Exercising during pregnancy

As a woman and one that is also planning to have a family, I can tell you that a regular exercise routine throughout your pregnancy will help you stay healthy and feel your best. You probably know that already. Certain types of exercise can also improve your posture and therefore decrease some common discomforts like backaches and fatigue.

There is evidence that it may prevent you from gestational diabetes (diabetes that develops during pregnancy), relieve stress, and build more stamina needed for labor and delivery. In the past, we were urged to cut down on or even avoid exercise during pregnancy. Today, we know differently. Not only is it OK to participate in fitness activities during pregnancy, but doing so, can have a positive impact on both baby and mom. The level and intensity of exercise whilst pregnant is dependent on your fitness levels pre-pregnancy, of course.If you were not very active pre-pregnancy, this is not the time to train for a marathon:) You know that.

“You need to be physically active during pregnancy. It has terrific benefits that are associated with a better pregnancy outcome and even shorter labors. It’s a win-win for baby and for mom,” says high-risk pregnancy expert Laura Riley, MD, spokeswoman for the American College of Obstetricians and Gynecologists (ACOG) and author of “Pregnancy: You and Your Baby”.

Pregnant women endure many discomforts. In addition to having their bladders pressed on and their legs wrenched with cramps, they get backaches, shortness of breath and swollen ankles. They also have trouble sleeping. For many women, regular stretching is the answer. Limbering up and loosening muscles is useful because it makes it easier to carry the excess burden you don’t normally carry. When muscles are relaxed and flexible, they can handle the weight more comfortably and safely.

The enlargement of your breasts can cause your chest muscles to shorten, especially if your upper-back muscles are not strong enough, which results in rounded shoulders and back. Your calf muscles tend to cramp, some experts believe, because of calcium redistribution or metabolism during pregnancy. Your growing uterus can cause your center of gravity to shift, making balance a bit awkward and difficult at times. The result: a deeply curved lower back, strained back muscle and sometimes pain.

Stretching will help realign and strengthen your muscles and ease the stress and strain on your joints during pregnancy. It has been proven to increase circulation, increasing the blood flow and supply of nutrients to the muscles and cartilage. This reduces muscle soreness. Stretching also releases tension in the back and helps alleviate pain and discomfort. Plus, you can do it anywhere, anytime (even if you spend most of your day sitting down) and you don´t have to break a sweat! You should try to stretch yourself four to five times per week or whenever you feel the need to stretch, specially if you are particularly prone to back pain. Be sure to breathe deeply and regularly as you stretch.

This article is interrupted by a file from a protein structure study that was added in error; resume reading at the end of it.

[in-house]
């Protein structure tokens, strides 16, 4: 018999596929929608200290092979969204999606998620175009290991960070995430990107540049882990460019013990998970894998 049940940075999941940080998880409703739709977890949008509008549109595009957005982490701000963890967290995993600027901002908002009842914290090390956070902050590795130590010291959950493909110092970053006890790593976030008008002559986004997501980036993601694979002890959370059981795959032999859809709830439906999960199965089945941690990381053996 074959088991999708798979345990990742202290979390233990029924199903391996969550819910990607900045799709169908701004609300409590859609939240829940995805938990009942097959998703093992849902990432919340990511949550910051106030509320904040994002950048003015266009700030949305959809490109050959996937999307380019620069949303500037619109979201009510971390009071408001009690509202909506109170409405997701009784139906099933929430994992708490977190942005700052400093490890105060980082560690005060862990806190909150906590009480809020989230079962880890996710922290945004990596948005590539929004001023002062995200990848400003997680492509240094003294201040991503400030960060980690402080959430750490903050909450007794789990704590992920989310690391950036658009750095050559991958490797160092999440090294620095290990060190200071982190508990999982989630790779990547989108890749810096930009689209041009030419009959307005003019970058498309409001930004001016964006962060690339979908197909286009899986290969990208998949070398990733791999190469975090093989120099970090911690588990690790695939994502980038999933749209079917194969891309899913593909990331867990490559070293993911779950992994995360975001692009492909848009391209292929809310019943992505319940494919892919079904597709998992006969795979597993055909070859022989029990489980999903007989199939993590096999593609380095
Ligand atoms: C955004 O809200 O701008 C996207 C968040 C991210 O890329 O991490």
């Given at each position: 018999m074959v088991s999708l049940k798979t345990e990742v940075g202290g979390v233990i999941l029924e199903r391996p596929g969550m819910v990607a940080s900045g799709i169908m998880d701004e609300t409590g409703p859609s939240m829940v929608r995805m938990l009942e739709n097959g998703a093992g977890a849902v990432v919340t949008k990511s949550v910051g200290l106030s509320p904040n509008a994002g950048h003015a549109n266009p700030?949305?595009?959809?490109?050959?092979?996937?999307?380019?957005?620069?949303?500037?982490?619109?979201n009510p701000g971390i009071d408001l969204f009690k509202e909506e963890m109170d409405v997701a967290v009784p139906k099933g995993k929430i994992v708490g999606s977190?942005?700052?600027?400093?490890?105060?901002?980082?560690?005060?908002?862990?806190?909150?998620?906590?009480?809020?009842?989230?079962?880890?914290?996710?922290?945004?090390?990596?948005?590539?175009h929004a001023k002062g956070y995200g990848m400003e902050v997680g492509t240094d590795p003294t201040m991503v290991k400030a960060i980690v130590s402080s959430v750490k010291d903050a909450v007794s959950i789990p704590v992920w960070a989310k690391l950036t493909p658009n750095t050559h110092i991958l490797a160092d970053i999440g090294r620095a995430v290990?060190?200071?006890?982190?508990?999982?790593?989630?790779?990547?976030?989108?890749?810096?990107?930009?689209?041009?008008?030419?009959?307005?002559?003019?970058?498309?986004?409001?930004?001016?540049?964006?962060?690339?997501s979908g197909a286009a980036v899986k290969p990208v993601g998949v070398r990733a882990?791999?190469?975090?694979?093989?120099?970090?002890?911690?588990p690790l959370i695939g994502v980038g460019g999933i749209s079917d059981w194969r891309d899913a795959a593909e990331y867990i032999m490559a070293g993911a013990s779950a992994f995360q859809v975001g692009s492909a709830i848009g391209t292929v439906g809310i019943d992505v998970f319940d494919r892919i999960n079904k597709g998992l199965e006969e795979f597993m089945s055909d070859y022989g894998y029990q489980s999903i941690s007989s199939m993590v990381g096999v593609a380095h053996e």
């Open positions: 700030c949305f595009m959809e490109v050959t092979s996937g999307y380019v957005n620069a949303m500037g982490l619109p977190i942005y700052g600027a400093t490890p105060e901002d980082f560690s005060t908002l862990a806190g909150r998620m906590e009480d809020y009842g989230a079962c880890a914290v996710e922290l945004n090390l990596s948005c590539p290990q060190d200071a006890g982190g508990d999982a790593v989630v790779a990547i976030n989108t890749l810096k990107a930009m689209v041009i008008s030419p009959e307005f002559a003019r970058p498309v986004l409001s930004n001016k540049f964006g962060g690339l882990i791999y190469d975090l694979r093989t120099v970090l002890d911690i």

Supplement stretches with a regular aerobic program such as walking, three to five times a week for about 20 minutes. If you currently are strength training, continue doing so for as long as you are comfortable; you also can use stretches as a cool-down for your regular workout. Always consult your doctor though, prior to embarking on any prenatal exercise program.

If you do only one exercise during your pregnancy, make it Kegel’s. Kegel exercises help strengthen the muscles that support the bladder, uterus, and bowels. By strengthening these muscles during your pregnancy, you can develop the ability to relax and control the muscles in preparation for labor and birth. Kegel exercises are also highly recommended during the postpartum period to promote the healing of perineal tissues, increase the strength of the pelvic floor muscles, help these muscles return to a healthy state, and increase urinary control.

To do Kegels, imagine you are trying to stop the flow of urine. When you do this, you are contracting the muscles of the pelvic floor and are practicing Kegel exercises. While doing Kegel exercises, try not to move your leg, buttock, or abdominal muscles. In fact, no one should be able to tell that you are doing Kegel exercises. So you can do them anywhere!

The aches and discomforts are not designed to make you miserable, though that it is often the upshot. They are the side effects of the preparations your body is making for that momentous moment when your baby is born. Some things that may help reduce backaches include:

– Wearing low-heeled shoes.
– Sleeping on your side with a pillow between your legs.
– Sitting in a chair with good back support.
– Trying not to stand for long periods of time.
– Bending your knees when picking things up, instead of bending at the waist.
– Applying heat or cold on the particular area, or massaging the area.
– Avoiding lifting heavy objects.

Growing a baby is hard work! Even with the discomforts of pregnancy, many women report feeling healthier than they have ever felt before. Believe it or not, research shows that babies of moms who exercise throughout pregnancy score higher on general intelligence tests. Exercising may boost your muscle power and baby´s brain power!!

What are you waiting for?

I am a physiotherapist and a Stretch therapist with Stretch Asia. Active Assisted Stretching is our core competency. If you want more information about pregnancy exercises and stretching, I will be more than happy to have a session with you. We will create a customize program and we will run through all your questions and doubts.

Happy and safe pregnancy!

Aida Iglesias Perez

August 20, 2014

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